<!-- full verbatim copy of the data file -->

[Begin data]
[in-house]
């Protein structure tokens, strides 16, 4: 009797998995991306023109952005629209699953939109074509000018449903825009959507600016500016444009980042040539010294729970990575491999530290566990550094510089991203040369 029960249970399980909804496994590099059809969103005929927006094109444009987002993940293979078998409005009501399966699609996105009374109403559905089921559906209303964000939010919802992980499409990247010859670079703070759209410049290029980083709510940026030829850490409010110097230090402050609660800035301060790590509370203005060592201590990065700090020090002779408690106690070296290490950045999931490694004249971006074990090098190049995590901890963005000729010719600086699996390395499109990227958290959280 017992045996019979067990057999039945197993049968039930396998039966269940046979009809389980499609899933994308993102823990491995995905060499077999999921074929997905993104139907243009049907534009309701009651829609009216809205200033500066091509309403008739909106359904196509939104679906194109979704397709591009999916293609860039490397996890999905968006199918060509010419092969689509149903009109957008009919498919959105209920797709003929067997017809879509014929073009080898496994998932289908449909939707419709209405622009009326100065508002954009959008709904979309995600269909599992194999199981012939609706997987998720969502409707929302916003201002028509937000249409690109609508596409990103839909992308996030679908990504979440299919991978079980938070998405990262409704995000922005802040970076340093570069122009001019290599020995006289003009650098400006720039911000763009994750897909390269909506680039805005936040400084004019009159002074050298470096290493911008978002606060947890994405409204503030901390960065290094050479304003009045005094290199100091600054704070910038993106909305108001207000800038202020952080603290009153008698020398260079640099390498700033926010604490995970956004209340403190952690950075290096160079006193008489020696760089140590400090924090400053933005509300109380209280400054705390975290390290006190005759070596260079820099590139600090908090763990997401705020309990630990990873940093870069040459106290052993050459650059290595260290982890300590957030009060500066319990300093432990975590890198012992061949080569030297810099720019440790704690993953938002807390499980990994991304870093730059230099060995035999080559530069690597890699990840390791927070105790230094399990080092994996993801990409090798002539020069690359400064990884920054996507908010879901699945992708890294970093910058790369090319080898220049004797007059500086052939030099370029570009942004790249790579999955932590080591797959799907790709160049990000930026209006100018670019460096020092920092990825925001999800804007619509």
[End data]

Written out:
[in-house]
């Protein structure tokens, strides 16, 4: 009797998995991306023109952005629209699953939109074509000018449903825009959507600016500016444009980042040539010294729970990575491999530290566990550094510089991203040369 029960249970399980909804496994590099059809969103005929927006094109444009987002993940293979078998409005009501399966699609996105009374109403559905089921559906209303964000939010919802992980499409990247010859670079703070759209410049290029980083709510940026030829850490409010110097230090402050609660800035301060790590509370203005060592201590990065700090020090002779408690106690070296290490950045999931490694004249971006074990090098190049995590901890963005000729010719600086699996390395499109990227958290959280 017992045996019979067990057999039945197993049968039930396998039966269940046979009809389980499609899933994308993102823990491995995905060499077999999921074929997905993104139907243009049907534009309701009651829609009216809205200033500066091509309403008739909106359904196509939104679906194109979704397709591009999916293609860039490397996890999905968006199918060509010419092969689509149903009109957008009919498919959105209920797709003929067997017809879509014929073009080898496994998932289908449909939707419709209405622009009326100065508002954009959008709904979309995600269909599992194999199981012939609706997987998720969502409707929302916003201002028509937000249409690109609508596409990103839909992308996030679908990504979440299919991978079980938070998405990262409704995000922005802040970076340093570069122009001019290599020995006289003009650098400006720039911000763009994750897909390269909506680039805005936040400084004019009159002074050298470096290493911008978002606060947890994405409204503030901390960065290094050479304003009045005094290199100091600054704070910038993106909305108001207000800038202020952080603290009153008698020398260079640099390498700033926010604490995970956004209340403190952690950075290096160079006193008489020696760089140590400090924090400053933005509300109380209280400054705390975290390290006190005759070596260079820099590139600090908090763990997401705020309990630990990873940093870069040459106290052993050459650059290595260290982890300590957030009060500066319990300093432990975590890198012992061949080569030297810099720019440790704690993953938002807390499980990994991304870093730059230099060995035999080559530069690597890699990840390791927070105790230094399990080092994996993801990409090798002539020069690359400064990884920054996507908010879901699945992708890294970093910058790369090319080898220049004797007059500086052939030099370029570009942004790249790579999955932590080591797959799907790709160049990000930026209006100018670019460096020092920092990825925001999800804007619509």